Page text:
Our high-speed attention deficit hyperactivity disorder (ADD/ADHD) brains seem incapable, at times, of keeping things simple. We want to buy a new smart phone, so we go online to see what's available, and we get a case of attention-surplus disorder. We dig up so much information that we can't make a decision. We are overwhelmed.
Sometimes our difficulty making decisions extends to the things that should be dealt with now -- like a leaky faucet. We don't know which faucet to buy, so we let the old one drip for months until we have a flood underneath the sink. But decision making doesn't have to be a challenge: Here's how some of my ADD/ADHD clients became more decisive.
Susan, a recently retired government employee, wanted to move back to a small town in North Carolina where her parents and friends live. She knew that it was the right choice, but instead of looking for a place to live, she spent weeks surfing the net for lighting fixtures, kitchen cabinets, flooring. She came to me for help. We discovered two approaches that moved her forward.
Consider Pros and Cons: The first strategy was to talk about the kind of house she wanted to live in. Hearing herself say things aloud made the decision-making process easier, since she was able to rule out options. Renovating an older house or building a new one seemed attractive when Susan thought about it, but lost its appeal when I asked, "How long do you think that will take?" She realized that a condo was a better choice.
Prioritize: The second strategy was to identify what she valued most -- spending time with family and friends and staying active. She decided that having a large living/dining area to entertain company was more important than having three large bedrooms. And she wanted a condo near a bike path or a gym. This thinking narrowed her choices. One condo that she had ruled out now seemed more appealing. She bought it.
Think Long-Term, Big Picture: Terry, a recent graduate who is starting her first job, uses the same strategy in helping her make decisions. Before making any choice, she asks herself, "Which is the healthiest choice I can make for my physical, spiritual, and emotional well-being?" Before she identified self-care as being more important than financial success and professional accomplishment, deciding on anything was stressful. Terry worked late, and regretted missing her yoga class or not spending time with friends. What's more, staying late hurt her performance at the job the next day. She told me, "Making decisions based on what is best for me has helped me get my work done faster and better. Taking care of myself is the way to gain an edge professionally."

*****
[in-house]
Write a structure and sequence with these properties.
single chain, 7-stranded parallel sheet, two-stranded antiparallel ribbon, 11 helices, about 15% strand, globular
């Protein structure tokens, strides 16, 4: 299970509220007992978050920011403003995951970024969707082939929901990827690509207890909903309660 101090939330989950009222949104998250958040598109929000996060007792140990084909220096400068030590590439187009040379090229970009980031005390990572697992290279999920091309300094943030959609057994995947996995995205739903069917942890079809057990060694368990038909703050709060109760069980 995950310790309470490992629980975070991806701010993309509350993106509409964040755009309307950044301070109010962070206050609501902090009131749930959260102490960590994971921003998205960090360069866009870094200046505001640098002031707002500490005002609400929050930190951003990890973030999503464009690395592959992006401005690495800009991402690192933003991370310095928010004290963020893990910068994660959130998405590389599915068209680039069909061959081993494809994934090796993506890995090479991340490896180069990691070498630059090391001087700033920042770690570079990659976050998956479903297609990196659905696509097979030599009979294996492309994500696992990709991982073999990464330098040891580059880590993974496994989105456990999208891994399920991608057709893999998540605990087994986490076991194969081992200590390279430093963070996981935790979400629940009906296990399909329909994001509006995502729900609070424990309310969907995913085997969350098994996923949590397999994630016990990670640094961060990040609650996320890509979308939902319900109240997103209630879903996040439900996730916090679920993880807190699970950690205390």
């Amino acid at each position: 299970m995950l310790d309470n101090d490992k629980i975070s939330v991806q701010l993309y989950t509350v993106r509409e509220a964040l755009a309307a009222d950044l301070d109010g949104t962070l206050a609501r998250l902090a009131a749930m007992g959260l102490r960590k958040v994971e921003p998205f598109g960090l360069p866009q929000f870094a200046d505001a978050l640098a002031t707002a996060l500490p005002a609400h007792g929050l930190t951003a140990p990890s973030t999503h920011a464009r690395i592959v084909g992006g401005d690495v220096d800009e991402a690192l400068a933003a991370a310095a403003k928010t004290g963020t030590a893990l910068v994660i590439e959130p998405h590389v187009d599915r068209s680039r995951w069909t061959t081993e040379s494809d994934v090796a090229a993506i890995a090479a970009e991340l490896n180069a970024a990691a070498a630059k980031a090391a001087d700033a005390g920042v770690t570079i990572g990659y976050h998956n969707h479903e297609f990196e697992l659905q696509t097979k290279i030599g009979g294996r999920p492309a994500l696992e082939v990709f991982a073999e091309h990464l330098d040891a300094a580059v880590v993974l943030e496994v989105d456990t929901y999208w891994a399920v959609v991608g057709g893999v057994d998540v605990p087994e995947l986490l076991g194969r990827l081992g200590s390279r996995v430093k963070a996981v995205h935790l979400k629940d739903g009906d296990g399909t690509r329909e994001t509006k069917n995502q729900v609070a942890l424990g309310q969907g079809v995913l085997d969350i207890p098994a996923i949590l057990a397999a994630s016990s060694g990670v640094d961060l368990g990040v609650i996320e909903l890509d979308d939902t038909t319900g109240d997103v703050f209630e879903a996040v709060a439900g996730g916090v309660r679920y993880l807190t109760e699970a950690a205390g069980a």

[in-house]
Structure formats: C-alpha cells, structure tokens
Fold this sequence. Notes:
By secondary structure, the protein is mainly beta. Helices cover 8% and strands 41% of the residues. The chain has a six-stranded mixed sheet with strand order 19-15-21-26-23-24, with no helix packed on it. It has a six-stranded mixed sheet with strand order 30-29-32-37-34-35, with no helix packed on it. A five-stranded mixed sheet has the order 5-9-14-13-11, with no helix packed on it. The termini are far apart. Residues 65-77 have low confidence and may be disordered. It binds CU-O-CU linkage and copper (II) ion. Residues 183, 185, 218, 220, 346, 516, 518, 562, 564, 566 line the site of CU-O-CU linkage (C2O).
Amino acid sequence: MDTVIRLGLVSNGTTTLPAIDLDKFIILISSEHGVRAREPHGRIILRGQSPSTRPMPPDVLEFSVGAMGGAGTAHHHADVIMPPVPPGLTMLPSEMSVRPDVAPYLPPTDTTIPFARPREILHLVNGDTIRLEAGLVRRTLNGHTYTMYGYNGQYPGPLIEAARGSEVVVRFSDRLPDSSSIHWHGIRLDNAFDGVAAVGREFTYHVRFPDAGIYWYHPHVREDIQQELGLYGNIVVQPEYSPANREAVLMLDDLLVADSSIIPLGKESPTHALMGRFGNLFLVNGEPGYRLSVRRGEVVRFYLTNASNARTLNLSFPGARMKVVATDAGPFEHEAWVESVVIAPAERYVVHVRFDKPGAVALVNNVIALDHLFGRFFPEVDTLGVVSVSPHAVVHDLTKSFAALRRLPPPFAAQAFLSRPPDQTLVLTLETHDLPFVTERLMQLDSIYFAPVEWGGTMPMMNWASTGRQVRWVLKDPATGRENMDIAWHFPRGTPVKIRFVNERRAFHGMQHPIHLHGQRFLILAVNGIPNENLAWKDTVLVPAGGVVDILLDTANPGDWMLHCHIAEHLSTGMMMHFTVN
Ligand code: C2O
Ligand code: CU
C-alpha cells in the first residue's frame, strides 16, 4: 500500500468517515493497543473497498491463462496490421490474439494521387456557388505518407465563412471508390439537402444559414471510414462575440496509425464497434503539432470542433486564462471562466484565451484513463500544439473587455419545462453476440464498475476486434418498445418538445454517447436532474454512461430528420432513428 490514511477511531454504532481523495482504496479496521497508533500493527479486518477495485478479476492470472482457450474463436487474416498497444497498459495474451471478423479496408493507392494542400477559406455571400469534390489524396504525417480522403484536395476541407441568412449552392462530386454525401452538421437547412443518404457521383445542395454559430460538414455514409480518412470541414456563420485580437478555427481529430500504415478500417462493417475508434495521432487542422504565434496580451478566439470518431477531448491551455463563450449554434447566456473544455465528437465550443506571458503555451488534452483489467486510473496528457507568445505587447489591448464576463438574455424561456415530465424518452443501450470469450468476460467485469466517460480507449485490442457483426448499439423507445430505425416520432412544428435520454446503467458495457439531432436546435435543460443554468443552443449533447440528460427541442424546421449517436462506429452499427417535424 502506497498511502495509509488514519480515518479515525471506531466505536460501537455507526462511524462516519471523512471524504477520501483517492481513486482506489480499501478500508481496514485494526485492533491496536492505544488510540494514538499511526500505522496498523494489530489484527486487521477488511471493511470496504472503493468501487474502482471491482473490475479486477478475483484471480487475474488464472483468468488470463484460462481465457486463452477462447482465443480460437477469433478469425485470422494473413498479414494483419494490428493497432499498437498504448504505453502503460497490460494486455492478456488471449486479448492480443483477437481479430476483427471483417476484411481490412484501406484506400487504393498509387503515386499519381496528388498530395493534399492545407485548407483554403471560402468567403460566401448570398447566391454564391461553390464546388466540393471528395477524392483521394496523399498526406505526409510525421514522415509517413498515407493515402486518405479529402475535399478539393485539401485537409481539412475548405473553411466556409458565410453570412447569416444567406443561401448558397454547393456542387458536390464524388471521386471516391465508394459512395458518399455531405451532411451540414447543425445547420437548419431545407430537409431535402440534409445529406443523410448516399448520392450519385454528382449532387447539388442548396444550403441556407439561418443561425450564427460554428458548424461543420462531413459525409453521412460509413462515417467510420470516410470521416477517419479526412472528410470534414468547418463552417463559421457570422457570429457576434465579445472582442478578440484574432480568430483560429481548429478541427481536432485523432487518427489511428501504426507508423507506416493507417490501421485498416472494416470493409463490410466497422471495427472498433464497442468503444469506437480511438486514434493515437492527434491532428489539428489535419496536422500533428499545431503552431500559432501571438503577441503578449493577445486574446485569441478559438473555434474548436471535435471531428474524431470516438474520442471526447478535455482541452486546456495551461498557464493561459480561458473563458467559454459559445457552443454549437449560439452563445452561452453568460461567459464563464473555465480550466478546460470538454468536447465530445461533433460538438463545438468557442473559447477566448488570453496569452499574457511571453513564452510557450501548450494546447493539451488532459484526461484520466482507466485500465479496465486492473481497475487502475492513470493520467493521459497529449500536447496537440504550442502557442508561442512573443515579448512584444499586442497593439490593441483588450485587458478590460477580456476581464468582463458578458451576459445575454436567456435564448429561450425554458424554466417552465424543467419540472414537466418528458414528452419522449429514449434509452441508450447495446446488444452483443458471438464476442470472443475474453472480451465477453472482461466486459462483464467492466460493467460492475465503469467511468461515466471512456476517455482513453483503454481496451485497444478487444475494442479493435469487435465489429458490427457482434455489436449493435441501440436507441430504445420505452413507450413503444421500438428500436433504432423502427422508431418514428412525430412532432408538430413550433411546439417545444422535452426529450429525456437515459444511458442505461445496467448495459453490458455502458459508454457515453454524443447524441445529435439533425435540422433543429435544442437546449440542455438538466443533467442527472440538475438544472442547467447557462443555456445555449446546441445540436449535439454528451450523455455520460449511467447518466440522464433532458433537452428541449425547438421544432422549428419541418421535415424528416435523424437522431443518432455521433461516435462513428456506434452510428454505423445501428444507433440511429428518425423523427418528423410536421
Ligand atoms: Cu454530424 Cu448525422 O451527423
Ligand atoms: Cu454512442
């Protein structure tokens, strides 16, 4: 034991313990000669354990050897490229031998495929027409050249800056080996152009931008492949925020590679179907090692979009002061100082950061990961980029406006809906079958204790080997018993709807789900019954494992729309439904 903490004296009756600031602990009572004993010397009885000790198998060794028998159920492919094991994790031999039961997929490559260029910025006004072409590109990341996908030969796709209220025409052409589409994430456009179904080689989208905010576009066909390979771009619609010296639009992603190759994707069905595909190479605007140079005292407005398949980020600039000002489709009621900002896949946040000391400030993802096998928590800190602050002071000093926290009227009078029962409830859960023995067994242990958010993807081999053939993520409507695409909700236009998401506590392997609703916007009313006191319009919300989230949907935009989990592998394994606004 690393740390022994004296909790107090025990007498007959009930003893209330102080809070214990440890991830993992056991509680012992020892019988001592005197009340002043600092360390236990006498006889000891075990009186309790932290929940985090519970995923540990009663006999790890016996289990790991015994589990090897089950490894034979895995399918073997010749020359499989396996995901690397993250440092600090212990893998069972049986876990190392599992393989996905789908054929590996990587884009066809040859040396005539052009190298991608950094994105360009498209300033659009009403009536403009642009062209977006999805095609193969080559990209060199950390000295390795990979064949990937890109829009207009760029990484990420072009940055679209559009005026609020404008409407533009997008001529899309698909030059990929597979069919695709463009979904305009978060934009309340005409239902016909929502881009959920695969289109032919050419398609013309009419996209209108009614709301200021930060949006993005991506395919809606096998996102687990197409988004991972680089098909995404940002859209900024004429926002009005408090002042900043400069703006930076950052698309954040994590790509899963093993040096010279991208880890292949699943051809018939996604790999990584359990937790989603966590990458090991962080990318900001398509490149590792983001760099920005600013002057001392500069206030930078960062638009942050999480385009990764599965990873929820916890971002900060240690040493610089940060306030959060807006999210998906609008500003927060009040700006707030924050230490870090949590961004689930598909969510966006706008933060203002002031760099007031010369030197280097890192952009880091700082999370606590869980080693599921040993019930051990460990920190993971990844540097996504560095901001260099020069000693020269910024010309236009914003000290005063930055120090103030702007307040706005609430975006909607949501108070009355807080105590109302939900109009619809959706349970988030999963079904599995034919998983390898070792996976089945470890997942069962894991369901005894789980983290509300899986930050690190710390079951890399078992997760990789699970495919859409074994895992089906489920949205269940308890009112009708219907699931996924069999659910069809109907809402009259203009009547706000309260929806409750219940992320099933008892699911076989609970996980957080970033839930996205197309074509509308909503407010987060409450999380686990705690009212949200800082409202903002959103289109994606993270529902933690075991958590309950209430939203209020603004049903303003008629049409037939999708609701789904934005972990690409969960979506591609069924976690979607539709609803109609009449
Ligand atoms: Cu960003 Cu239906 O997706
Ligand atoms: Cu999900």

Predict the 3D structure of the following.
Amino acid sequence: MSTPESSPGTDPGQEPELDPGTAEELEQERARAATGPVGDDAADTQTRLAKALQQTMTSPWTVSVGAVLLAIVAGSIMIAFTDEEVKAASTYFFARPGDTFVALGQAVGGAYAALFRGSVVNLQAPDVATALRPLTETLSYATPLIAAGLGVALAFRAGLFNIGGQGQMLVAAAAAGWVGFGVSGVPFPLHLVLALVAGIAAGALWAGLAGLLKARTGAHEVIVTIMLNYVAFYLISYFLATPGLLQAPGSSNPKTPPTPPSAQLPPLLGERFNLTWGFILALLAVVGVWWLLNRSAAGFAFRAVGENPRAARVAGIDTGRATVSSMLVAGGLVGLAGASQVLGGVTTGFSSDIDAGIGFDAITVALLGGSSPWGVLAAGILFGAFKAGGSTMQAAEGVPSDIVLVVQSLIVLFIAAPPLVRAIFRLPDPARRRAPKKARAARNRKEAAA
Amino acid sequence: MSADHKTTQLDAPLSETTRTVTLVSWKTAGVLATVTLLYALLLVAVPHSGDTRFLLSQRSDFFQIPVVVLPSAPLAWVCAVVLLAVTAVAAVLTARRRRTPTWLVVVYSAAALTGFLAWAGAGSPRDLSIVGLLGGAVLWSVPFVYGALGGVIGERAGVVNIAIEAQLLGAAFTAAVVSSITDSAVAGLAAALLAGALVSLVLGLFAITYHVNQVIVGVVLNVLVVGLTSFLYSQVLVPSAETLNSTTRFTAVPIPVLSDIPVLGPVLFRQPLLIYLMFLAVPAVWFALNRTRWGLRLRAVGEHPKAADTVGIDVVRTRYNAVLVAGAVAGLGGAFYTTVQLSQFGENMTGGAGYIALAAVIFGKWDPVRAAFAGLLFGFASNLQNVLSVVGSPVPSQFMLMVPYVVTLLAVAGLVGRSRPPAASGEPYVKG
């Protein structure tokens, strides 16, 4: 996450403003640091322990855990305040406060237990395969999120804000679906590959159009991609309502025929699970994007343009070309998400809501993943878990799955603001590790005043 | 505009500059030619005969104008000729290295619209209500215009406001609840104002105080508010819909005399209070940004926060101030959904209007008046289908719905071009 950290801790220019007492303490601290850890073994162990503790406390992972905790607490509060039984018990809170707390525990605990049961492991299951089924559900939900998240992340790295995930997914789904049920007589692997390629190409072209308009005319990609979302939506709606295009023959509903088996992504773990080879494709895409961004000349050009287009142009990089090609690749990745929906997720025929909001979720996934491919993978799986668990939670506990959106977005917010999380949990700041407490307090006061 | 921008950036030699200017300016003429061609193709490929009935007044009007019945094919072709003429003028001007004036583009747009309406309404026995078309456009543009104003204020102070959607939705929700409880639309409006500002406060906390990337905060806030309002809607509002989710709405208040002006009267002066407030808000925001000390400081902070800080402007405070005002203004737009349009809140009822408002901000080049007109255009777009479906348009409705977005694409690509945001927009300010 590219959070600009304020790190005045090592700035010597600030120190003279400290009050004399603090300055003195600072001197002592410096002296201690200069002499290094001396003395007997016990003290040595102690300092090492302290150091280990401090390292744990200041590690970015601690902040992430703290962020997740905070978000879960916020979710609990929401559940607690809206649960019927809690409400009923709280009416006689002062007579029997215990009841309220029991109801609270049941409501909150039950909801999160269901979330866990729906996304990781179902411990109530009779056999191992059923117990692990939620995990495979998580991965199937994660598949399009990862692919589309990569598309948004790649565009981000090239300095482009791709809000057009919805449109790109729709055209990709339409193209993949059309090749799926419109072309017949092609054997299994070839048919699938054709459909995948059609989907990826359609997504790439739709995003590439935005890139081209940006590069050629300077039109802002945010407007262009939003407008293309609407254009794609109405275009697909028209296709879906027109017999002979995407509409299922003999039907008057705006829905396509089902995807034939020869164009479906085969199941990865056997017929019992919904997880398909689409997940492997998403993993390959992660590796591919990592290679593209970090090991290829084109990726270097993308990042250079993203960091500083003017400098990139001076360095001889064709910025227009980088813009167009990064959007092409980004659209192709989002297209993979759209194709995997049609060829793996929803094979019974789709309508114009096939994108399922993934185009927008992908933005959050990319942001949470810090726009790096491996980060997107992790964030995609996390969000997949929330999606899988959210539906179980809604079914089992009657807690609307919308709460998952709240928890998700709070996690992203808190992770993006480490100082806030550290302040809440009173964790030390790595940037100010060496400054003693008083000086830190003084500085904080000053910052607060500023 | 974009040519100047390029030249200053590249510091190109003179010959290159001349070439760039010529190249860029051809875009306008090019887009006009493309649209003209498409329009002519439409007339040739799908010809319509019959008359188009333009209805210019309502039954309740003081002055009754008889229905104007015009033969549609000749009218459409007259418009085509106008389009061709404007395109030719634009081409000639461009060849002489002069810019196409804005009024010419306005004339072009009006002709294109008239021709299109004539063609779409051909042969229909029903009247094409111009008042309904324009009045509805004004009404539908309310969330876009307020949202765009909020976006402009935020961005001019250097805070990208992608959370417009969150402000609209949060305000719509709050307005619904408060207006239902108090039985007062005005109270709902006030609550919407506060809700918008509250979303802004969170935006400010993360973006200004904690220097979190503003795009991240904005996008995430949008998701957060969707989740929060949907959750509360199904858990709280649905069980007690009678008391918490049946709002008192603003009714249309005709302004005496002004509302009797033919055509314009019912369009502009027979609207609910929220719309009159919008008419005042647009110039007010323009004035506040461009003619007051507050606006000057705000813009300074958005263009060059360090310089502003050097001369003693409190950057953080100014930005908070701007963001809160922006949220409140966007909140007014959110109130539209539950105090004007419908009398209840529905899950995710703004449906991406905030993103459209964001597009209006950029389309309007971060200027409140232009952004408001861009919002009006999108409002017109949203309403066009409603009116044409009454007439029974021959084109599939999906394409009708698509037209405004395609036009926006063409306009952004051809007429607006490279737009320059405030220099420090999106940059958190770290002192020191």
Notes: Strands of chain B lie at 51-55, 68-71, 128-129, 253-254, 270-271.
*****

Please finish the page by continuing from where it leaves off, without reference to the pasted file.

Make Choices With Confidence: Tom was clear about what he wanted. But he couldn't move forward because he feared it wasn't the "right" choice. I suggested that he list his fears and ask himself, "What's the worst that could happen?" As we discussed ways to deal with each thing that could go wrong, Tom realized he was smart enough, and emotionally resilient enough, to deal with anything that might occur. This took the fear out of his decision making.
Avoid Acting on Impulse: Because ADHDers make impulsive decisions that sometimes backfire, deciding not to decide is a good choice, too. I sometimes realize several weeks later that many of my "great ideas" aren't worth pursuing. Everything that pops into our heads needn't be attended to. It's important to be able to make decisions, but it's equally important not to make ones that will take us off course.
This article appeared in the Summer issue of ADDitude.
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